LivingThey investigate if there are Covid-19 antibodies in the...

They investigate if there are Covid-19 antibodies in the breast milk of infected mothers, and if they could help in the fight against the disease

We still do not know all the details about how the new coronavirus behaves, and scientists are looking at ways to combat it, including more than 100 projects underway around the world to develop a vaccine.

Breast milk is known for its immunological properties, transferring protective antibodies from mother to baby to prevent infections and allergies. On this basis, Dr. Rebecca Powell, an infectious disease expert at the Icahn School of Medicine at Mount Sinai in New York City, wants to investigate whether breast milk could contain antibodies to the coronavirus.

In an interview with Vice, he explains that he has launched an investigation to discover if there could be Covid antibodies in the breast milk of infected mothers and if they had the ability to fight the disease.

To do this, he made a call on social networks for mothers who are infected or suspected of being infected and who live in New York City, the epicenter of the infection in the United States, donate their breast milk so that it can be investigated.

The news has circulated in the United States that breast milk from infected mothers could prevent or cure the disease, and there has been a rebound in the sale of breast milk on the Internet (by the way, something very dangerous). But this information has been completely disproved, since so far there is no evidence that breast milk protects against infection, much less in adults. This is the first investigation on the subject.

Antibodies in breast milk

Research is underway to detect antibodies in the blood of people who have passed the coronavirus and to see whether or not they protect against a new infection and for how long, but the same attention has not been paid to breast milk.

“It was never done with SARS, it was never done with MERS and even the flu, which is so well studied. Unfortunately, the data on the protection of breast milk is really scarce,” said researcher Rebecca Powell.

Despite all its benefits, human milk is not fully researched. While the evidence suggests that it is unlikely, it is not yet clear that the coronavirus cannot be transmitted through breast milk, much less if the milk itself can protect the baby from the disease.

The first step will be to look for antibodies in the milk of women in whom the coronavirus has been confirmed . Those antibodies will then be tested to find out if they work to fight COVID-19, or incite other cells to kill the disease.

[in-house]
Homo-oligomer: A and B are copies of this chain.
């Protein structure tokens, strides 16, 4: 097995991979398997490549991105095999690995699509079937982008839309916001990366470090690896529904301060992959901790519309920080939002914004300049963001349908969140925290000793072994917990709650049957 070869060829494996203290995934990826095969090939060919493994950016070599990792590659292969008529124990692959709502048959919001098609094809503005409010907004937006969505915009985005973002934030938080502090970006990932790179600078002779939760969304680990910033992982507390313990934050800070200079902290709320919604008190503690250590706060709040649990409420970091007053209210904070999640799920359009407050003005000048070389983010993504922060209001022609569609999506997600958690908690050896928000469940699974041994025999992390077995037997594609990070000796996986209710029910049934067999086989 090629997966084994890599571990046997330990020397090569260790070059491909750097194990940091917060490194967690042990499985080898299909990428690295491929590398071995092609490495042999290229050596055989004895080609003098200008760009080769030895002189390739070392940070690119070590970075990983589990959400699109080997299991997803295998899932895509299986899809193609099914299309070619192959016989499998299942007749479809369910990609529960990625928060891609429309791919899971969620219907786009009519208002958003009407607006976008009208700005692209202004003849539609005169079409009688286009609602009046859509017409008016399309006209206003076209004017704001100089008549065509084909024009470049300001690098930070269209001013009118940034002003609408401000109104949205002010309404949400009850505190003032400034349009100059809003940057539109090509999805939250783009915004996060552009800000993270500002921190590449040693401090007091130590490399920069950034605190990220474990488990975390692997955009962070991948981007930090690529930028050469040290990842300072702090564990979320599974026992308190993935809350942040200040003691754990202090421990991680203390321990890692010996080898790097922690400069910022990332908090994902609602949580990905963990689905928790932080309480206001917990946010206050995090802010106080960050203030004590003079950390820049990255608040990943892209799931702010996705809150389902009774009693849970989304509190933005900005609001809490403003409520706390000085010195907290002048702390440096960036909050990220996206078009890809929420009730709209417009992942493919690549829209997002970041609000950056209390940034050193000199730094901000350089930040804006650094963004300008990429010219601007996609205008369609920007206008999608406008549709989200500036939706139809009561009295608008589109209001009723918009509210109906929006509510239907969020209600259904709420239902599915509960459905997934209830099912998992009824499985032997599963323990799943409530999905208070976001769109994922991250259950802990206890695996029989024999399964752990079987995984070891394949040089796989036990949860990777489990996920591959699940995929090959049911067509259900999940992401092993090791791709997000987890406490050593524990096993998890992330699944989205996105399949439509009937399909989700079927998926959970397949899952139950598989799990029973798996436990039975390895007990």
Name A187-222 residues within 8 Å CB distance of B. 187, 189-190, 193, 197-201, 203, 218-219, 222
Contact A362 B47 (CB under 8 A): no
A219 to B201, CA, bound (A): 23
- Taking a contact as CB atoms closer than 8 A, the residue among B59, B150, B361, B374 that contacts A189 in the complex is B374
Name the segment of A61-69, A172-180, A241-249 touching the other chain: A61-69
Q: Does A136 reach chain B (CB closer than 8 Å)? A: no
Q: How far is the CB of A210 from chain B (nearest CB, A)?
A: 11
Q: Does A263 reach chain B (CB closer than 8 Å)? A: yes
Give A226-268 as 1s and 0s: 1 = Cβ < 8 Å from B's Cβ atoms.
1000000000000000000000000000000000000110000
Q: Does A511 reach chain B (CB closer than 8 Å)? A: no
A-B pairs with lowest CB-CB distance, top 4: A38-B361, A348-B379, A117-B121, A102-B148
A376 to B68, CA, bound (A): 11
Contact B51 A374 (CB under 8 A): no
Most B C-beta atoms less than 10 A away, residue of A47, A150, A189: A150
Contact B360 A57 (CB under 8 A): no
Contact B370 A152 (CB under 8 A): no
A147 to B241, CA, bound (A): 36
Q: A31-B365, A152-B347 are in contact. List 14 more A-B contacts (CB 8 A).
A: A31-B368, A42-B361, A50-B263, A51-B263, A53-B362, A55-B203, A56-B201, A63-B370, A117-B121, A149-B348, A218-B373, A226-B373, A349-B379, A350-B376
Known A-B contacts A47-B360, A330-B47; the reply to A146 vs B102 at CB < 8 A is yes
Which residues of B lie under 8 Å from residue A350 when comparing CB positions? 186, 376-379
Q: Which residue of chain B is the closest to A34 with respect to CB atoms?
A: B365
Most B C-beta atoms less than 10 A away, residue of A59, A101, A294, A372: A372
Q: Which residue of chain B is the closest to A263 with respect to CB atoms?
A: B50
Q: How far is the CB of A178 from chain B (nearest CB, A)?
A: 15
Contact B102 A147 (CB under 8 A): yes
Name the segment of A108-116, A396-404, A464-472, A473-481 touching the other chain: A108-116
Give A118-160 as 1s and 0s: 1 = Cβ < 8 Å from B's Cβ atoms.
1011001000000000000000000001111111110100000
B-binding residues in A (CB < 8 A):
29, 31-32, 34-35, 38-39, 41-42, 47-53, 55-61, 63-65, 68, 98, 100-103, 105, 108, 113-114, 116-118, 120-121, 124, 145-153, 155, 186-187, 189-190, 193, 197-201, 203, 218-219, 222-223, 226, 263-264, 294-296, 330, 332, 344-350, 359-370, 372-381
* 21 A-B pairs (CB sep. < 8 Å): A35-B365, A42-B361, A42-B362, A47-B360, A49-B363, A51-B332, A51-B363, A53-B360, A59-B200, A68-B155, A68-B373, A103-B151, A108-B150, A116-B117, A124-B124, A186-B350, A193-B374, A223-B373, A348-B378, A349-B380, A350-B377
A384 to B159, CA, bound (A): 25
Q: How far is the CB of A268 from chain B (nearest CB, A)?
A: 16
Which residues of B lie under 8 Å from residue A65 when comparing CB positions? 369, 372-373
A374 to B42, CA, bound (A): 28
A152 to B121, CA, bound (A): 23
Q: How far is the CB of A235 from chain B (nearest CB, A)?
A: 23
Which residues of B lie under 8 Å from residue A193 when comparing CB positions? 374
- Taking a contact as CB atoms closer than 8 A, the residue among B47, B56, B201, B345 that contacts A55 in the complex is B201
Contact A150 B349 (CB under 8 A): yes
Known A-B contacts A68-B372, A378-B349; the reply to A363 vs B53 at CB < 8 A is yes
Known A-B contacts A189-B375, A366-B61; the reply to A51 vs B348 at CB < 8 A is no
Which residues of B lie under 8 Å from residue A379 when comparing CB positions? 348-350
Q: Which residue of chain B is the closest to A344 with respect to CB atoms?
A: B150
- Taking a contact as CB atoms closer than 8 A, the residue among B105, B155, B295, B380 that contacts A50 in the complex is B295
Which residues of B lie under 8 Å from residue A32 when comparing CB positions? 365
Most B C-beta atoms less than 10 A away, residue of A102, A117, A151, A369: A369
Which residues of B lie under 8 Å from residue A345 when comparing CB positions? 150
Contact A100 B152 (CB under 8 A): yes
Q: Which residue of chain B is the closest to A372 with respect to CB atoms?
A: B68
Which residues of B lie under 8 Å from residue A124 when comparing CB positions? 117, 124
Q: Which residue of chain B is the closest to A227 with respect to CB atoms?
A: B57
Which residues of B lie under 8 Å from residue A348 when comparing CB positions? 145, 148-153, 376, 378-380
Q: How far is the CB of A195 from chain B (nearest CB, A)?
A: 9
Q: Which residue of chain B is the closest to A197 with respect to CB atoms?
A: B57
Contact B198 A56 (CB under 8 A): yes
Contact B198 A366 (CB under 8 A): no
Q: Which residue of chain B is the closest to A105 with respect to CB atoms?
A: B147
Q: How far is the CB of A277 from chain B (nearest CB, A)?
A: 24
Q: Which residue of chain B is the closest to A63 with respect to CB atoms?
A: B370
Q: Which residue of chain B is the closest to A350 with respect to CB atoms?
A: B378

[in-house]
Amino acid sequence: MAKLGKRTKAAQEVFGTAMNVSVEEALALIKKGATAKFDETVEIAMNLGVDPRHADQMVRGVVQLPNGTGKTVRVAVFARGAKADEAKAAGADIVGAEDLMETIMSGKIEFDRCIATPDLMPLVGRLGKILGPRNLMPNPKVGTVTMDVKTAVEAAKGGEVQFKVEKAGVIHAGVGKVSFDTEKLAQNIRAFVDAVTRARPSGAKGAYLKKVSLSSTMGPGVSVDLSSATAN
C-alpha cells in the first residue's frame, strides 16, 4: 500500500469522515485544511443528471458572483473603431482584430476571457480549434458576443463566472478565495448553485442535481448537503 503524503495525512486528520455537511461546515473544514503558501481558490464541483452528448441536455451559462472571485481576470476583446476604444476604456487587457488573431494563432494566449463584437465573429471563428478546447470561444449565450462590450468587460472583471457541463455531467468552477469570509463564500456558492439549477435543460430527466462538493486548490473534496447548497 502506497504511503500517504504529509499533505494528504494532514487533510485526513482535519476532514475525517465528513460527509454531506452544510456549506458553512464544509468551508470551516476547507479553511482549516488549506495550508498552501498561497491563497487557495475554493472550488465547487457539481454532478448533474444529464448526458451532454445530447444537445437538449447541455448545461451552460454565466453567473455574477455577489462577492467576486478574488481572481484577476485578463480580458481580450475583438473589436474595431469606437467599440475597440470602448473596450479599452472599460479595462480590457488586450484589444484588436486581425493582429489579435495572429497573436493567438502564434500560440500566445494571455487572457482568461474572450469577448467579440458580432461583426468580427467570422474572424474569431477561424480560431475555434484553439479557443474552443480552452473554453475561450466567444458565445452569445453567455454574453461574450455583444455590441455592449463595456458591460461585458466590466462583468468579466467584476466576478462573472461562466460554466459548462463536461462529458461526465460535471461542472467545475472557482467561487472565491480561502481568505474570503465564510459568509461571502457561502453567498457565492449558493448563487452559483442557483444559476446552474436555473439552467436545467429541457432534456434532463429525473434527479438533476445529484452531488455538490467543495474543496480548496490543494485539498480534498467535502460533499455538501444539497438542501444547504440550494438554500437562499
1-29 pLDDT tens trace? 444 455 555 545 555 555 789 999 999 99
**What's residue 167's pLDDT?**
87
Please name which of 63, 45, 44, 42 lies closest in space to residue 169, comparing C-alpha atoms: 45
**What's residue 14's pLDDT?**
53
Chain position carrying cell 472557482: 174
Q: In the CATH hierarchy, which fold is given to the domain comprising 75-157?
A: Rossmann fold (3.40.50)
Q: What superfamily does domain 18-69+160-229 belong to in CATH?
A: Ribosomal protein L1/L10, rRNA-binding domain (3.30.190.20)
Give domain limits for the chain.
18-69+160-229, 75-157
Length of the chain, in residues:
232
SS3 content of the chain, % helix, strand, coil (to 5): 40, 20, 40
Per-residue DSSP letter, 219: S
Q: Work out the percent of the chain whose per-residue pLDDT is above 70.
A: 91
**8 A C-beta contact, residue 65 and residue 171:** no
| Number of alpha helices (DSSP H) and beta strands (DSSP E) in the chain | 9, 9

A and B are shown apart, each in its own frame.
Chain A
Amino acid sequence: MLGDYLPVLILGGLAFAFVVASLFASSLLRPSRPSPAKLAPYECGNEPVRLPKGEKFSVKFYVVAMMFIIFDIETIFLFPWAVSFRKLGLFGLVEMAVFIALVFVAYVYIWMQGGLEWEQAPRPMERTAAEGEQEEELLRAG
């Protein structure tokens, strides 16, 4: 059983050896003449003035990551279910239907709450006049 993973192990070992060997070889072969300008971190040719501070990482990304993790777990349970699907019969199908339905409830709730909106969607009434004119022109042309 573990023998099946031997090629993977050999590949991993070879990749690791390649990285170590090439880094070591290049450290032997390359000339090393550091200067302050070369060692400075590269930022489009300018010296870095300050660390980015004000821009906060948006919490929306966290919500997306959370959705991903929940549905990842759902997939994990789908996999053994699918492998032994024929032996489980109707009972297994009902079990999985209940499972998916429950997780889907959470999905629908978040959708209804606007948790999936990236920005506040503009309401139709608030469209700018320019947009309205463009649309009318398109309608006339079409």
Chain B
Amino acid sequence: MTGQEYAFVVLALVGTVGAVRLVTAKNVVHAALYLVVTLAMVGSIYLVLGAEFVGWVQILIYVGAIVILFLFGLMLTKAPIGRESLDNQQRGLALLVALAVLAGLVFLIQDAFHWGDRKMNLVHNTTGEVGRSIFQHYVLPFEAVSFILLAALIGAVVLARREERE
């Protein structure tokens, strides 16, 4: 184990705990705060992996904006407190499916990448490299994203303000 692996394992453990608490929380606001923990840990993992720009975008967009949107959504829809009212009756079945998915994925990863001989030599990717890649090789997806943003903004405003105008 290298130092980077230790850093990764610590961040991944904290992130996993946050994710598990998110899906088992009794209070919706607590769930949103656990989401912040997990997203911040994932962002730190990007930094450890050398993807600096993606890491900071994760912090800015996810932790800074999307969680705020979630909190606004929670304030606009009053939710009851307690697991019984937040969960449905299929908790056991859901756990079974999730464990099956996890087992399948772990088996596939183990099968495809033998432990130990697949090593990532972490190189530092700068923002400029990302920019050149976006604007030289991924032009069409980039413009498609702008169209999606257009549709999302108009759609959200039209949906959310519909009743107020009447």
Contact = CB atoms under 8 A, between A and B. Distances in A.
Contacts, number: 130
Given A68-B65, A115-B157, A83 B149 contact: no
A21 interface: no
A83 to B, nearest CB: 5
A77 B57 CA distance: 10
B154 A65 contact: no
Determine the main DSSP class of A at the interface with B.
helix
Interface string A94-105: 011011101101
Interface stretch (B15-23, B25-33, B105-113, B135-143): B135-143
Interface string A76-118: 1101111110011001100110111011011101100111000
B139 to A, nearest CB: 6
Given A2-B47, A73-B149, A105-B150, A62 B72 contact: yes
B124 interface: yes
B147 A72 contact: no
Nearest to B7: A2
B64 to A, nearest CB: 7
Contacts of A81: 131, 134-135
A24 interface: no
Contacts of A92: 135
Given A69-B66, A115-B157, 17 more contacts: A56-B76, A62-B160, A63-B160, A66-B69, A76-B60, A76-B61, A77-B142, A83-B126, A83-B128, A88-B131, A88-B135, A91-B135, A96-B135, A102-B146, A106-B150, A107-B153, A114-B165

If all goes as desired, if there are positive results, doctors could find a way to separate the immune properties of milk and infuse it into patients.

The researcher believes that antibodies from breast milk may have an advantage compared to those from blood plasma thanks to secretory immunoglobulin A (IgA), which constitutes 90% of the antibody content of human milk.

“There are a lot of other things in [breast milk] that are these magical components that do more than help the baby grow,” Bode said. “They also protect the baby and the mother from multiple different diseases, certain pathogens, bacteria and viruses as well, and that’s really where the story begins, why are we so interested in this topic when we come to the coronavirus.”

A solution could be there, Powell said, “and I don’t think it should be overlooked.” However, he also said that the study could take months or even years, so we will have to wait to know the results of this interesting avenue of research.

And in the event that it cannot be used in this pandemic, studying the antibodies in breast milk could yield useful long-term results in any other health crisis:

“We could look at human milk to see if an infected mother makes antiviral components (antibodies, oligosaccharides, whatever) and then use that knowledge to produce those components synthetically, which is absolutely possible, and use that to treat adults.” said Lars Bode, director of the Center of Excellence in Maternal-Milk-Infant Research at the Larsson-Rosenquist Foundation at the University of California, San Diego.

Via | Vice

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